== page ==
The town holds a big turkey fest every year and proclaims itself the turkey capital of the world, something that has worked just fine for 60 years.
For as long as anyone can remember the town has always advertised itself as the "Turkey Capital of the World," explains C.L. Duckett.
Then in 1972, townspeople discovered that Worthington, Minn., also advertised itself as "Turkey Capital of the World," So, the two towns agreed to hold an annual turkey race to decide which town could claim the title for the following year.
Minnesota's thoroughbred racing turkey is named Paycheck because nothing goes faster than a paycheck. His wings are clipped and he's ready to go, but as his team captain, Mick, notes, you can never be sure where he goes.
"You don't want him flying up on a building," says Mick. "That happened in our town. One got up on the courthouse. That adds about, what, an hour, two hours? Two days?"
Last year, the turkey ran about eight feet before making a turn towards the liquor store.
Cuero bird's name is Ruby Begonia. Texas' coach, Erwin, explains that the town picks the fastest turkey by holding preliminaries. "It's usually the last bird we catch that's the fastest of the bunch."
As on the turkey itself, there are two legs to a turkey race. Paycheck won the first leg in Worthington by 36 seconds. Not to make excuses, but Ruby was on the visiting team.
"She was in a cage for a while, not getting her place to sleep at night, eating from places on the side of the road ... fast food, out of her regimen," says on emember of Cuero's coaching team. "We've had to take on a more stringent training program since we got back but she's ready."
"Weather looks good this year, we should have a good clean dry track ... we made a few adjustments," says Erwin. "Thirty-six seconds in turkey racing terms is nothing to make up."
This is turkey racing with all the trimmings. It is a whole weekend of activities. From cow patty bingo, to a waiting game sponsored by the Cuero cultural and heritage foundation, to all manner of turkey related activities, such as egg tossing, turkey flinging and turkey bowling.
It's also something of a cultural exchange program. The Minnesotans got to go to the rodeo and even rode a bull — a very old and very tired bull.
The festival started years ago when farmers brought their birds to market
"This is where all the ranchers would bring their turkeys in and go to market and they'd march 'em down the street to go to market, so somebody decided, 'Why don't we make a celebration out of this?' So in 1912, they started this on Main Street," explains Duckett about the history of Cuero's annual market celebration.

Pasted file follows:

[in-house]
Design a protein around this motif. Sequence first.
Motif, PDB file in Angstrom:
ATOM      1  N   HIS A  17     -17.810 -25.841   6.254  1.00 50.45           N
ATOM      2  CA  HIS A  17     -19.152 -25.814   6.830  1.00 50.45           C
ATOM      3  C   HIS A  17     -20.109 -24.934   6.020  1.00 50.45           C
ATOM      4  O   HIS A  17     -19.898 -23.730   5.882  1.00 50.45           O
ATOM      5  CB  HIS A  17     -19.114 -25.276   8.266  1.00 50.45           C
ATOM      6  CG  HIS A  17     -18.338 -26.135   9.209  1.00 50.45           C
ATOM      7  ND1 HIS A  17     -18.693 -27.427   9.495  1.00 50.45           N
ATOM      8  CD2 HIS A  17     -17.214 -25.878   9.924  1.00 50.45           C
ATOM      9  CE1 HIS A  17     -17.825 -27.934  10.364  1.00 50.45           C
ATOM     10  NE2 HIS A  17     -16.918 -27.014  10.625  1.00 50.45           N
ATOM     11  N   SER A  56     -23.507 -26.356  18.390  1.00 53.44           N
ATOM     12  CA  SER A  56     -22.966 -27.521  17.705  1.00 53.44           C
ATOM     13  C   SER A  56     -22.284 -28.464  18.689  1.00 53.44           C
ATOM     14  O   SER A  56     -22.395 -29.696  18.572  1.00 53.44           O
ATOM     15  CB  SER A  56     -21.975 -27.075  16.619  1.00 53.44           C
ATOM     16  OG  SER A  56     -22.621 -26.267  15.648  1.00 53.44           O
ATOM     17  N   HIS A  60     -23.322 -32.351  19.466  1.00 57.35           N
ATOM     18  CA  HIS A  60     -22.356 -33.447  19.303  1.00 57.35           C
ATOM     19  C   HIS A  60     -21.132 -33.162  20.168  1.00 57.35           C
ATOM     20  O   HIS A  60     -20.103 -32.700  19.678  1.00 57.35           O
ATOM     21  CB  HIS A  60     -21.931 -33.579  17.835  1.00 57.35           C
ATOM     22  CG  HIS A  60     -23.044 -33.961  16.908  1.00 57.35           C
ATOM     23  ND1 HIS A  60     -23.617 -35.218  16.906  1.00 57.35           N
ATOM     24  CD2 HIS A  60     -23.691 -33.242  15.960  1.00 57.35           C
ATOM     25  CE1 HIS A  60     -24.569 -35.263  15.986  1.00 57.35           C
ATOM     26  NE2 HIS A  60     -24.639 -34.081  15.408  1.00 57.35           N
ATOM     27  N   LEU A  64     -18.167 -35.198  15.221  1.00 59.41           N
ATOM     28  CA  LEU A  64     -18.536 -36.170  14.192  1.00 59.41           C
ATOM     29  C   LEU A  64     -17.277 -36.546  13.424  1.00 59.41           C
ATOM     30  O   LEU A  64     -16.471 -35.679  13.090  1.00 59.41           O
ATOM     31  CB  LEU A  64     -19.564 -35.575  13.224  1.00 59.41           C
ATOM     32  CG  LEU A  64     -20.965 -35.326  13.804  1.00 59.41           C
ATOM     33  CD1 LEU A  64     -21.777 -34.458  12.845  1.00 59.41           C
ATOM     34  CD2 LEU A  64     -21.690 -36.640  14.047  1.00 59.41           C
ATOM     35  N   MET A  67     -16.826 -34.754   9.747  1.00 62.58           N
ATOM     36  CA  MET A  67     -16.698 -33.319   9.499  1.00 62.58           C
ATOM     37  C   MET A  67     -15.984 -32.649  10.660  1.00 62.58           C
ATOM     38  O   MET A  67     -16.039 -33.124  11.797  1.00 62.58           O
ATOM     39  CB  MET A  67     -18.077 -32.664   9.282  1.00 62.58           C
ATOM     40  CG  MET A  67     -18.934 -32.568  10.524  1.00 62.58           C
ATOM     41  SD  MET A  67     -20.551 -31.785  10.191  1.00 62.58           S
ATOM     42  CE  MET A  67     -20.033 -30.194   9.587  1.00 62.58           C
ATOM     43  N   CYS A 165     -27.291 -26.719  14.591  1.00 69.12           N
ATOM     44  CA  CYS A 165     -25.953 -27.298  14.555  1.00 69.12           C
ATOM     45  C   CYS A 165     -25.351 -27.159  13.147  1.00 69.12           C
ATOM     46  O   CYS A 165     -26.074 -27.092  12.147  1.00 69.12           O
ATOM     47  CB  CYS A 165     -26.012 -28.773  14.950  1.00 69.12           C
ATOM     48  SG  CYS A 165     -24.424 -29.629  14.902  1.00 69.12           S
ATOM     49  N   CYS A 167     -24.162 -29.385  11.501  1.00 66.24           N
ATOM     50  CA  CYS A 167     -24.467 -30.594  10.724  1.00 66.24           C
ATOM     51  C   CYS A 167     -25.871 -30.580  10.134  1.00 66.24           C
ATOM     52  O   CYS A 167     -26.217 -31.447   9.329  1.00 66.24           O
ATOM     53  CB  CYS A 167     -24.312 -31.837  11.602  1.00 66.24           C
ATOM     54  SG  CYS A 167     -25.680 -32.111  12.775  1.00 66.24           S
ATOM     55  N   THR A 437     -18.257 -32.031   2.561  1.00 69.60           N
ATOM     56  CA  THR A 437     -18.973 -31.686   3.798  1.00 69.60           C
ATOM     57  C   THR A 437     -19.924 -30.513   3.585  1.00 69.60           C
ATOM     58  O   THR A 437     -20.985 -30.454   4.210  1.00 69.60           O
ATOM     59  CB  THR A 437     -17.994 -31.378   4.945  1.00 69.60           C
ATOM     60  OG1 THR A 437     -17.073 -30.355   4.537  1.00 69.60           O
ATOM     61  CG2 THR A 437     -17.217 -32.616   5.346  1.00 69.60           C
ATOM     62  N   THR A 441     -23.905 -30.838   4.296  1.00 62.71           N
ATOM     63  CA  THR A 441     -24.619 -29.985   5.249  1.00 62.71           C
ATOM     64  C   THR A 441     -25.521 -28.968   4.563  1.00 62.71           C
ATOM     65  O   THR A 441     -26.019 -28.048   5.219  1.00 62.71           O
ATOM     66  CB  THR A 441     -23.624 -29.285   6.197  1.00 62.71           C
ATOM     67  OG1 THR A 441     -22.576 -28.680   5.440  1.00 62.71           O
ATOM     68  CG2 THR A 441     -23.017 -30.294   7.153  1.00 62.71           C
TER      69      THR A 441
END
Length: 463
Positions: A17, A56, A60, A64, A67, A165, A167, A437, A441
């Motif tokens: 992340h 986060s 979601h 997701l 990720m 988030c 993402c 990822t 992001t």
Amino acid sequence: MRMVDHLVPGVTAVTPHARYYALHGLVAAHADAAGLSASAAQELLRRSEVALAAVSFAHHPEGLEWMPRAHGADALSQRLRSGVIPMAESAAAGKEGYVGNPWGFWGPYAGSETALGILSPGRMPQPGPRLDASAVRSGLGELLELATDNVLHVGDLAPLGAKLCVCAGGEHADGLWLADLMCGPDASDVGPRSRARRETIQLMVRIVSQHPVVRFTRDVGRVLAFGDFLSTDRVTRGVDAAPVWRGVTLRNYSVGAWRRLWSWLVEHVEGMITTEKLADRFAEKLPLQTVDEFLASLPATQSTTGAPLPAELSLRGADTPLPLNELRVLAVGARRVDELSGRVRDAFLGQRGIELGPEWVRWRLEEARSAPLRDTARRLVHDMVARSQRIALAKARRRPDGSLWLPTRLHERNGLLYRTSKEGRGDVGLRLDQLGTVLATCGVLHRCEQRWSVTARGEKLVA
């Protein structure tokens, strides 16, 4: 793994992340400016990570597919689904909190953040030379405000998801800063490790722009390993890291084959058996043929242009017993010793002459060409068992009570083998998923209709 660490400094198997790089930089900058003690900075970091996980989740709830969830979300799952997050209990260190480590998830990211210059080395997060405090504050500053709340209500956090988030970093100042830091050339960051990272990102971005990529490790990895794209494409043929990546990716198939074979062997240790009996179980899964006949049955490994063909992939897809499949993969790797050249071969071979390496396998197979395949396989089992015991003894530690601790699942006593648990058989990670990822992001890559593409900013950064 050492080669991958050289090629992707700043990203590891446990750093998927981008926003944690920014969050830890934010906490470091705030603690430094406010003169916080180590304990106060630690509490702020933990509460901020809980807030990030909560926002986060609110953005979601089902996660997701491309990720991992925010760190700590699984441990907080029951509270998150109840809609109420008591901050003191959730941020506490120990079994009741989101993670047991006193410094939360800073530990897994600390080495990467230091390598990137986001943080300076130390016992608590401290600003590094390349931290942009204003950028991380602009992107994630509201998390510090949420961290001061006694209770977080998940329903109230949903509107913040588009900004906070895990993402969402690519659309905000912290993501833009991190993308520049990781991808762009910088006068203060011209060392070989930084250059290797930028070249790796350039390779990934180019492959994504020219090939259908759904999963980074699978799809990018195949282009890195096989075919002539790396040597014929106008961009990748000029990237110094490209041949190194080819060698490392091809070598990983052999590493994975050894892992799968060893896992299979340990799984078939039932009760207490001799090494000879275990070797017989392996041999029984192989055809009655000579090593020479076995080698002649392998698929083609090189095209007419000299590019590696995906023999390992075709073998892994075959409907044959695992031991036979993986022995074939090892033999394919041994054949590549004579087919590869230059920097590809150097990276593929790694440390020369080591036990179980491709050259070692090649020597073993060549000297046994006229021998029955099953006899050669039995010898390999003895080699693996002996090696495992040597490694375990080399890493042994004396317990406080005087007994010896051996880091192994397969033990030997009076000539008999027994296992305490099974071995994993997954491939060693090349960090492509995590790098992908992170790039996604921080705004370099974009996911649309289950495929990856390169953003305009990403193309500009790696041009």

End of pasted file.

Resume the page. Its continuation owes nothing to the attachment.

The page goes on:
In 1972, Cuero stopped the turkey drive and started racing.
On race day, spectators arrive early. They come from all over the nation to participate in the festivities and see the big parade, filled with royalty and pageantry.
But, what fans came really come to see is the big turkey race. It's Cuero's 30th Running of the Great Gobbler Gallop.
The home turkey's crowd chanted, "Ruby, Ruby, Ruby," as some fans make predictions that the Texas turkey will win.
The athletes make their grand entrance, but in the wrong cages. The teams offer final words of encouragement.
The race finally begins. Paycheck spreads his wings and gallops out to a commanding lead – a big improvement over last year's stop at the liquor store. But hold on, he's flapped off course and into the crowd. Ruby struts ahead, eating up pavement. Ruby Begonia won! Ruby won the Great Gobbler Gallop. But, did she make up the 36-second deficit from the Minnesota leg? No. But wait, there are penalties because the birds can not be touched during the race.
The judges calculated that Ruby had one penalty and Paycheck had 10 penalties. The decision was made that Cuero won by 30 seconds.
So, Cuero, Texas, has the right to call itself the World's Turkey capital next year.
Although, there aren't really that many turkeys left around there -or in Worthington, Minn., for that matter - nobody wants to let the facts get in the way of all the fun.